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time, when only a few words of explanation were wanting to remove every impediment to her happiness. In society she strove to appear animated, but when alone, the deepest melancholy weighed on her spirit; it seemed as though she were doomed to a life of sorrow and suspense; she indulged in the most painful reveries, and felt that she herself, by her constrained and cold manner towards Sedley, was preventing the very explanation for which she so ardently longed. Yet, feeling this fully, she found it utterly impossible to shake off the reserve of her manner; and what rendered it still more distressing and apparent to him was, the sweetness and graciousness of her deportment towards every other individual in the house. Everything was painful and distasteful to Teresa, all her former occupations were neglected, her calm of mind and placidity of expression were wholly flown, giving place to a restless nervousness, and she avoided as much as she possibly could being in the drawing-rooms, or accompanying the rest of the party in their drives.

Mrs. Alexander saw with regret the failure of her schemes, and that the two people she considered formed for each other should apparently be actuated by a mutual dislike.

There was a family staying in the house at Rossfirth consisting of a father, mother, and two daughters. The father, Mr. Beverly, was a rich and eminent merchant, and a very quiet, good man. Mrs. Beverly had been pretty and was a scion of a noble house; she was, therefore, conceited and affected in proportion to her double claims; but provided people paid her a due share of attention, she was very good-tempered and amiable.

The eldest daughter, Charlotte Beverly, was à fine, dashing girl, who had the stamp of fashion on everything she said, looked, or did; and, from having lived so much in the great world, her conversation was diversified by a thousand amusing anecdotes ; she possessed a great flow of natural spirits, and was altogether a delightful companion for a ride, a dance, a party of plea

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sure—but not exactly for life, since home and quiet were detestable to her.

Charlotte was fully aware of her own perfections, and exacted the tribute of admiration from every man with whom she was associated ; and, indeed, it was seldom denied her, for she had the most seducing smile in the world, the most brilliant eyes, and understood the management of them to perfection. Such a being 29 she was, naturally excited a great sensation wherever she went; and within a very few days of her arrival, Charlotte was pronounced a charming creature by the gentlemen, and a very haughty, disagreeable girl by the ladies. The fact was, that she never considered it worth her while to exhaust her energies in talking to ladies, much less country ladies, who, as she naturally observed, could not possess one single idea in common with herself; all her conversation was reserved for gentlemen, whilst with her own sex she was invariably silent or languid.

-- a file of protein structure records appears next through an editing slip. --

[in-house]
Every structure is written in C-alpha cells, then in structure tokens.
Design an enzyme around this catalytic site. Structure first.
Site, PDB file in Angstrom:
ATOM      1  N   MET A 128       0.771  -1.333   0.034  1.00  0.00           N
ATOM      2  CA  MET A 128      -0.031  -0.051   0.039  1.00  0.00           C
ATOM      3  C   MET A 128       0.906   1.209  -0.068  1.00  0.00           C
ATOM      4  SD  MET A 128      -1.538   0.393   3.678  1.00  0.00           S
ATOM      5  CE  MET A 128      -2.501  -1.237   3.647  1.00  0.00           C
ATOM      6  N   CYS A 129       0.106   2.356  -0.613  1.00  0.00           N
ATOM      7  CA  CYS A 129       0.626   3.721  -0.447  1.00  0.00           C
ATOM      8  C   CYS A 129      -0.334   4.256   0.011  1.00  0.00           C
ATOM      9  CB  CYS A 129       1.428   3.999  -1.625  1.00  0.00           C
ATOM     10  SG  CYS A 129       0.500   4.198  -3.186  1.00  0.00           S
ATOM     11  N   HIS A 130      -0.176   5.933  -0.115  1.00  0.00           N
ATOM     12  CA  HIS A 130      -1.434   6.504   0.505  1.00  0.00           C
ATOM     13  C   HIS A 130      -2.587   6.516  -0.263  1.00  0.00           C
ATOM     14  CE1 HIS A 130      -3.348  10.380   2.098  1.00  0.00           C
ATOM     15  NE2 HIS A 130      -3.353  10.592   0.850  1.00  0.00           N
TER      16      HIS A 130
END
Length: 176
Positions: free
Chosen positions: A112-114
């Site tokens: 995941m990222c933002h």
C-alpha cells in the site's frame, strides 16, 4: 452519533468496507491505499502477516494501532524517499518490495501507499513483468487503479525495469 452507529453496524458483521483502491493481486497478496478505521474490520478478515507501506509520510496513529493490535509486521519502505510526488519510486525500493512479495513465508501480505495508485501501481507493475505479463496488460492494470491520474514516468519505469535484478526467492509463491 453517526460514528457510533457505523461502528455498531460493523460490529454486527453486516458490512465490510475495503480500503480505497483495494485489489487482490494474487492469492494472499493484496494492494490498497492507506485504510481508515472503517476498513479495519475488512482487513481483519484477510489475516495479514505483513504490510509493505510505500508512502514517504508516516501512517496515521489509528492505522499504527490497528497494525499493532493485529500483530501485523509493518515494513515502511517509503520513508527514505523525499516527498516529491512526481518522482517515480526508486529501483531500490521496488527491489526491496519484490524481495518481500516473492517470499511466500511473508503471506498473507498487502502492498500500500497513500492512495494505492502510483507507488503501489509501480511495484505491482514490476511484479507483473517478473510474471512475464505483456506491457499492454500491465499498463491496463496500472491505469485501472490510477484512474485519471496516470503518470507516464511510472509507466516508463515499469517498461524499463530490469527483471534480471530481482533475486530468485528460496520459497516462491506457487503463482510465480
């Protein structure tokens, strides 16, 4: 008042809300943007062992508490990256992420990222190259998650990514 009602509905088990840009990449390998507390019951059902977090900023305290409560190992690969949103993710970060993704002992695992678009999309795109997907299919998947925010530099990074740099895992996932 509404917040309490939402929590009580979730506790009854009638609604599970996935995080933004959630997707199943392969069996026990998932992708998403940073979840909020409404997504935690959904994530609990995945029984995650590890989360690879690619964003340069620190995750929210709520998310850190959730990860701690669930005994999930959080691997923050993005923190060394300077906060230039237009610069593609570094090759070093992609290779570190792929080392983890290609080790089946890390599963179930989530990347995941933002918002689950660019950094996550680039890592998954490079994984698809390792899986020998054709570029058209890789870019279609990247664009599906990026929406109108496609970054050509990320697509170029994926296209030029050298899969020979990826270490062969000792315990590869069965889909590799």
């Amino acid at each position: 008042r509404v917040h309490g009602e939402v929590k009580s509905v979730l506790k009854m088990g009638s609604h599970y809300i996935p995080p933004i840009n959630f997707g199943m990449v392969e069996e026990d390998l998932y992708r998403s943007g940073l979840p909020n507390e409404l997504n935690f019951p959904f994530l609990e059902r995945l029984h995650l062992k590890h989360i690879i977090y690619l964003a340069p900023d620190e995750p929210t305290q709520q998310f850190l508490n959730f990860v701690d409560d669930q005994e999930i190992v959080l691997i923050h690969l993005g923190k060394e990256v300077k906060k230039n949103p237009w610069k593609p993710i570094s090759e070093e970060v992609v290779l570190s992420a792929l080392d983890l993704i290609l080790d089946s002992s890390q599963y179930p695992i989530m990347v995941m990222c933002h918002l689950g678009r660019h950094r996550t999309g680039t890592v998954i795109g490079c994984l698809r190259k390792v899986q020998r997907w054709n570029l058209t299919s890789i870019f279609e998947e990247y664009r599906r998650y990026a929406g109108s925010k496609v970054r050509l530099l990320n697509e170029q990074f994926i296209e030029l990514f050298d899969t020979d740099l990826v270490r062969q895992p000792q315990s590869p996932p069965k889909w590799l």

Charlotte Beverly was far more popular than Teresa with every one, and Mrs. Alexander saw with regret that, notwithstanding her surpassing beauty, her protegée was by no means so generally admired or liked in the country as she had fondly anticipated. Even the gaiety of manner Teresa had assumed in London was now thrown aside, and rather a cold, proud demeanour had replaced it.

But, with her lacerated feelings, how could she have endured or tolerated the unmeaning attentions which would have been lavished on her, had she not repelled them by her manner?

Yet Teresa was naturally gentle and cheerful, and shunned giving offence to the most insignificant being

Then her mind was at all times too superior to permit her to herd with the generality of Misses in the neighbourhood, and participate in all those low feelings of envy and petty rivalry which are so unfortunately common amongst

young ladies.

There are doubtless many exceptions to this,

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odious character, but there were none of these within Teresa's reach. Besides these impediments to her popularity with her own sex, there were still greater drawbacks in her intercourse with the other.

There is a certain flippant, vulgar, trifling sort of Airting prattle adopted frequently by young ladies in the country towards all the single men of their acquaintance, which is equally devoid of heart and rationality.

Now Teresa's nature could not stoop to this ; she was ever courteous in her manner, but it required a being akin to herself in intellect to call forth the slumbering energies of her soul, and the little fluttering insects who infested Rossfirth, and its neighbourhood, and aped manhood were ill calculated to draw forth her rich and varied powers. She could not feel interested by them, and she knew not how to feign; she did all she could to appear attentive when they talked, she attempted most amiably to laugh at their witticisms, but beyond this she could not advance, and therefore remained silent,

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